Welfens, P.J.J.: National and Global Vaccine Procurement in a Pandemic Situation: Rational Patent Replacement Option

Welfens, P.J.J.: National and Global Vaccine Procurement in a Pandemic Situation: Rational Patent Replacement Option

JEL classification: H12, H51, I10, I18

Key words: Vaccination, Pandemic, Corona, Patent, Open Innovation

Summary:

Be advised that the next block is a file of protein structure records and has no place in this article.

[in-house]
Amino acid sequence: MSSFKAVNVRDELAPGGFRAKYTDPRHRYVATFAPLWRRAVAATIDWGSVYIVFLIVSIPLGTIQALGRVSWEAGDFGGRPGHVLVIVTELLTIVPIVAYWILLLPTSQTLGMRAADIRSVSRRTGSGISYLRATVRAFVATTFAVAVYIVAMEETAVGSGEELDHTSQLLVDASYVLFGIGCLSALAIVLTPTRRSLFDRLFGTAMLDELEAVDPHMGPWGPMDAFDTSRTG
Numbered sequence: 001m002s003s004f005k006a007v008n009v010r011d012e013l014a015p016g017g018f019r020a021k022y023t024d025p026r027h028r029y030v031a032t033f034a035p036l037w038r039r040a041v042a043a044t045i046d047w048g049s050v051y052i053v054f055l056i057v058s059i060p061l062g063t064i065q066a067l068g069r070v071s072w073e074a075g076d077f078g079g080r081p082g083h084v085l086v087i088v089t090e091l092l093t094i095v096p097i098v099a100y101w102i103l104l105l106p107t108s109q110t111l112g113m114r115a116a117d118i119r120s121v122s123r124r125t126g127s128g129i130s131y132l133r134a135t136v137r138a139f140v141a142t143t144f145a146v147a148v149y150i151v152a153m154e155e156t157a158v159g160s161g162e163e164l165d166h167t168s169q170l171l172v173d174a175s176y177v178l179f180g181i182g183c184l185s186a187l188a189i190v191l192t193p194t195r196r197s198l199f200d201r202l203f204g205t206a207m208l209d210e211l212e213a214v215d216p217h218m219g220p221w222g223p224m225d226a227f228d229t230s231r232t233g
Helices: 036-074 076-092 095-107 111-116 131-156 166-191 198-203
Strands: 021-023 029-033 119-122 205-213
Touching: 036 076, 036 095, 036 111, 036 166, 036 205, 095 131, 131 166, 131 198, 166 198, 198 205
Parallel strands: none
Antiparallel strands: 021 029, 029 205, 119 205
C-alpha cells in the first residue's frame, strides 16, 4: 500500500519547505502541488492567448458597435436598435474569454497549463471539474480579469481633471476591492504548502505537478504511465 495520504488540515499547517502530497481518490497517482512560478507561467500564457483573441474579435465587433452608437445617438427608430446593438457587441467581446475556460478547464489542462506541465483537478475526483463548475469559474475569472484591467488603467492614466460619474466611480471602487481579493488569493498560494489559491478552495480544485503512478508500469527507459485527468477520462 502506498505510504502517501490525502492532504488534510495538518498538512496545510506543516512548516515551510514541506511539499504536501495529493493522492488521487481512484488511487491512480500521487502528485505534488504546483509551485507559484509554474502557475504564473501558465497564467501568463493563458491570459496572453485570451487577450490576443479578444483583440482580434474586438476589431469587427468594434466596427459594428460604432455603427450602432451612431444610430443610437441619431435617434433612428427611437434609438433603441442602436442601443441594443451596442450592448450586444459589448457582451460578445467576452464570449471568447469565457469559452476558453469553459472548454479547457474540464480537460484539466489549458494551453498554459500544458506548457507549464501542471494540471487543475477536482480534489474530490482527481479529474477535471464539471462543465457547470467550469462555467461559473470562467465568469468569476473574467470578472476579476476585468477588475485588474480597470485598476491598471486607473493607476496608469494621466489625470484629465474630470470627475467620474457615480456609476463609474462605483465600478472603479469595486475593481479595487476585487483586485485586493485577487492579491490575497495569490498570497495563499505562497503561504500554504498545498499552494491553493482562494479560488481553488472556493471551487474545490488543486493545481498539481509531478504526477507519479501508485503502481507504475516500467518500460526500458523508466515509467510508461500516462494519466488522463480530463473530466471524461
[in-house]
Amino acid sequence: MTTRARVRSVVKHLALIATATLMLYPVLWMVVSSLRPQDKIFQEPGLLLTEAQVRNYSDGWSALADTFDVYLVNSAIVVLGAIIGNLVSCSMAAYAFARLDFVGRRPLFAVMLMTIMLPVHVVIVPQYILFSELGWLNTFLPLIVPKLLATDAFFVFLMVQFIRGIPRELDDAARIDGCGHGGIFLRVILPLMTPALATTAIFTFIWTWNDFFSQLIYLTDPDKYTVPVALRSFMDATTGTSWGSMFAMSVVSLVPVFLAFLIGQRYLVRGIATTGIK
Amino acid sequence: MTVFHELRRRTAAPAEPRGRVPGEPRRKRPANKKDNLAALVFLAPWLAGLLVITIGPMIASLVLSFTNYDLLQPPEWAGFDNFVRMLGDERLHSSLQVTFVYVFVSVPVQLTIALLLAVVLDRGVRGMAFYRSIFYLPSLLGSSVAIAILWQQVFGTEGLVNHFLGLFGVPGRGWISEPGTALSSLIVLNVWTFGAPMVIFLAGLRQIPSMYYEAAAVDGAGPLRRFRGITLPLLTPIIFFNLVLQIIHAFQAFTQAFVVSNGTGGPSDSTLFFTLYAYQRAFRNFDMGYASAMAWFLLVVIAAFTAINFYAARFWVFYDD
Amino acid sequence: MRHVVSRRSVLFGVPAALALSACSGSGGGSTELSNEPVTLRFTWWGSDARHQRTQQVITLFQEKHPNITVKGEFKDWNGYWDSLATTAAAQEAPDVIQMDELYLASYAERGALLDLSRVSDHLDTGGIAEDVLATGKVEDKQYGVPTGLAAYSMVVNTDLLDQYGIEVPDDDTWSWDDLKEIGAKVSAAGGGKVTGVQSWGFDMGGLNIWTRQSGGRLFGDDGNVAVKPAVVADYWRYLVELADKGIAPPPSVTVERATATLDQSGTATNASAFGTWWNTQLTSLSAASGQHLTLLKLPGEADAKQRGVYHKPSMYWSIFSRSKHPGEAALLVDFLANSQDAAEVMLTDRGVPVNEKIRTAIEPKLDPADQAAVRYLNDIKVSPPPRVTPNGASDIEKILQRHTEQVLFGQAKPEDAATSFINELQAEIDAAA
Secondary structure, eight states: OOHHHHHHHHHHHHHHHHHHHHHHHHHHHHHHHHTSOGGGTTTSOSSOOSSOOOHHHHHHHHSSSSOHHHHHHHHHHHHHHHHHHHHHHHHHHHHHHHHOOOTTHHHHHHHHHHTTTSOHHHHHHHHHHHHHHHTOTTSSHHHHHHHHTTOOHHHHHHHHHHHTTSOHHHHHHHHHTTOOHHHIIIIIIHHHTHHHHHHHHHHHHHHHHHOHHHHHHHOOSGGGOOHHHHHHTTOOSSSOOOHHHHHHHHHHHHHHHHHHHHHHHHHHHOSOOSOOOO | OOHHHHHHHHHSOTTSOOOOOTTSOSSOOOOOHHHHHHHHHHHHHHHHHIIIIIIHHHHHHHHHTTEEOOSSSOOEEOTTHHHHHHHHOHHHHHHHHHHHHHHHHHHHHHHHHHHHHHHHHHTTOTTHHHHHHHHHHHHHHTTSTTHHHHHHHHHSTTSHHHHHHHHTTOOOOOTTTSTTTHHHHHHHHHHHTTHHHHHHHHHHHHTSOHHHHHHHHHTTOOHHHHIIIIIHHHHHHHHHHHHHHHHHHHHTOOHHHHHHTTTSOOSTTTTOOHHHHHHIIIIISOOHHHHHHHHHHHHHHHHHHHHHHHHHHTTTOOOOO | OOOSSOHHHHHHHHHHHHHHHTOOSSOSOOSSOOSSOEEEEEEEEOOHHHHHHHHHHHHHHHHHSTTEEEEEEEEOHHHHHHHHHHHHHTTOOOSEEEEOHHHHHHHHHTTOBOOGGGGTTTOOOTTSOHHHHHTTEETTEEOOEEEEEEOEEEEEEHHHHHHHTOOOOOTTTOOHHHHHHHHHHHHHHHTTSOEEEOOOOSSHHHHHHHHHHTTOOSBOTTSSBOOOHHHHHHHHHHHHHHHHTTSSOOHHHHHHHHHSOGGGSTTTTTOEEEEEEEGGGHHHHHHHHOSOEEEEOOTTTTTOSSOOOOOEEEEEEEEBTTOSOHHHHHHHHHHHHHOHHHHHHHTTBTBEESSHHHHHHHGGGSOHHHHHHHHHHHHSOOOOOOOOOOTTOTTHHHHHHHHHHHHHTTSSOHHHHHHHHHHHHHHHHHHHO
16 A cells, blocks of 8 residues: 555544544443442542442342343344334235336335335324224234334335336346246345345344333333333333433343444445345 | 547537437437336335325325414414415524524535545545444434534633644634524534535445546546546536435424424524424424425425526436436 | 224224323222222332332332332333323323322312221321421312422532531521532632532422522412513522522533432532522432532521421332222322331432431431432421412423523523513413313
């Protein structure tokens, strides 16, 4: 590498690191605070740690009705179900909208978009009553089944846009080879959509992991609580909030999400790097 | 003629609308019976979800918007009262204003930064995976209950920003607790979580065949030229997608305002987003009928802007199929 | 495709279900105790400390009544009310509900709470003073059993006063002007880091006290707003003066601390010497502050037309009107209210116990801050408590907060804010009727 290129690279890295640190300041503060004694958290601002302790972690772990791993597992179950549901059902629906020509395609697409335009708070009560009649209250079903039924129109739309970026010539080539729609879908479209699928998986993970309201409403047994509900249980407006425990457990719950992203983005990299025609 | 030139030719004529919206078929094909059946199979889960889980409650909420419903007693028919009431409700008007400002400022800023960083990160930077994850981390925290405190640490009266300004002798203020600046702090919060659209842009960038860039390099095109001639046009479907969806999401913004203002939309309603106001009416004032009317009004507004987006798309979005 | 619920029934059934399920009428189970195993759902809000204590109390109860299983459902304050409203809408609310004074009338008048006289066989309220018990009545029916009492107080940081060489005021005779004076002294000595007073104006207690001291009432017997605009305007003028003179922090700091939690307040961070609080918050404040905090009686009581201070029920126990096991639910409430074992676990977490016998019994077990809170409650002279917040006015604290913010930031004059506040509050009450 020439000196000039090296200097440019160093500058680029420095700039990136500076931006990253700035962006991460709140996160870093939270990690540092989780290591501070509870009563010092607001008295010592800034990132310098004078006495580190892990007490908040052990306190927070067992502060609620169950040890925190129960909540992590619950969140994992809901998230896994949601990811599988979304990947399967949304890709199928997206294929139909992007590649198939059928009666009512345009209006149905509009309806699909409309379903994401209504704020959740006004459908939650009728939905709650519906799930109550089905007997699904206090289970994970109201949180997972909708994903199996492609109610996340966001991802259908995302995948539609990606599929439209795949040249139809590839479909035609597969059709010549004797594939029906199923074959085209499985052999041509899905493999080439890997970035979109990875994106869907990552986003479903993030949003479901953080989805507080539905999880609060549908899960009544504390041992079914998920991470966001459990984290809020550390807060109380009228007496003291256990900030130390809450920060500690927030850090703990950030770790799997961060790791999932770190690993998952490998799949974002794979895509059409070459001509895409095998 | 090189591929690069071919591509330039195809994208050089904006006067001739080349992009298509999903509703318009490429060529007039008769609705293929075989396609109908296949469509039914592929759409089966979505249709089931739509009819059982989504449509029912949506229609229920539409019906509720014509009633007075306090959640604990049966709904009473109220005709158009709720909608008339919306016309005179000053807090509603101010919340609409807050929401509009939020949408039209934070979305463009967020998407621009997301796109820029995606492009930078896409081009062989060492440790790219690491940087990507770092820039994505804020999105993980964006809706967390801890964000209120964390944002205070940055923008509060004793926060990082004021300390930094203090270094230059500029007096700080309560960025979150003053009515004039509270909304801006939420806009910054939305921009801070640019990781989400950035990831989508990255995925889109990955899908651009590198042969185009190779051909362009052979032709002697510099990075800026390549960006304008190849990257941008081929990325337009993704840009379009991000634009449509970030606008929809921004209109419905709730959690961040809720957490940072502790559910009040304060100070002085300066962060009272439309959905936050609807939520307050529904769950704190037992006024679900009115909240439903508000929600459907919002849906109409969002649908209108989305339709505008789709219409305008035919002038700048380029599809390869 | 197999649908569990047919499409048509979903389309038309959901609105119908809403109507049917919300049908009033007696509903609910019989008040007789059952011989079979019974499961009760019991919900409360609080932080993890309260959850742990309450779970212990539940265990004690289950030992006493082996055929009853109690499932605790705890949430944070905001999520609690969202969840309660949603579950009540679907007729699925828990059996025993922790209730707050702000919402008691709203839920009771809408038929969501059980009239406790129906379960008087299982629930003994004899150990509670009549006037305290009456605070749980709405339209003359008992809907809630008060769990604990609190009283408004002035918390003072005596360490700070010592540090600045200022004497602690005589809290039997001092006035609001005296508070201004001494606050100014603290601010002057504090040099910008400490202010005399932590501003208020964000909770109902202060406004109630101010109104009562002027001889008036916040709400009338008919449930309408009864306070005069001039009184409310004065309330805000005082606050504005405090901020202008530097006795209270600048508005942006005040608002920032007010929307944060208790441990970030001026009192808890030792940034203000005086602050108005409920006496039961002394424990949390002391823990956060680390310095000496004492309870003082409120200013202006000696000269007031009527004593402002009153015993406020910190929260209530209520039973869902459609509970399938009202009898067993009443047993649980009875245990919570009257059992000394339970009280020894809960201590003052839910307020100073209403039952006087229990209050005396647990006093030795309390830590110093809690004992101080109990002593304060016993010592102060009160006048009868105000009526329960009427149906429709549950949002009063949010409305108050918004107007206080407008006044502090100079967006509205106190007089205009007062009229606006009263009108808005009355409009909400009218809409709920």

A standard epidemic challenge requires the development of appropriate new vaccines - with patent-protected active ingredients if necessary - whereby price and innovation competition on the market and contractual agreements between health insurance providers and those in the medical professions essentially determine the costs of vaccinations, for example in the context of a national vaccination campaign. Contributions to the economic literature on vaccine procurement issues have been available since about 2000, including market design approaches – findings that appear to have been ignored by the EU in 2020. Beyond the EU procurement issues, the following is true: with the coronavirus pandemic, a fundamentally new situation is at hand, as it would be insufficient to achieve herd immunity through vaccination only in the North of the global economy. People in developing countries would also have to receive a Corona vaccination as matter of urgency, whereby herd immunity would have to be achieved in all of the nearly 200 countries of the world: Otherwise, the danger of virus mutation is great, and Sars-Cov3 could develop as a new pandemic. In the corona pandemic, there is a special challenge concerning vaccine procurement and vaccine production that should be addressed sensibly by appropriate economic incentives for vaccine development and production. Market design approaches can be complemented analytically by economic-medical pandemic aspects, including open innovation perspectives. While there is a good case to be made for moving somewhat faster vaccine-wise in the North of the global economy than in the developing world, coordinated action within the G20 framework is necessary for a successful pandemic response. To the extent that several countries want licensed production of new vaccines for companies in their country, the option of patent disclosure should be considered, and appropriate compensation for the patent value of the companies concerned should be agreed multilaterally in the event of such disclosure. If a new pandemic results from rapid critical virus mutations, the global economic recovery will collapse in the medium term.

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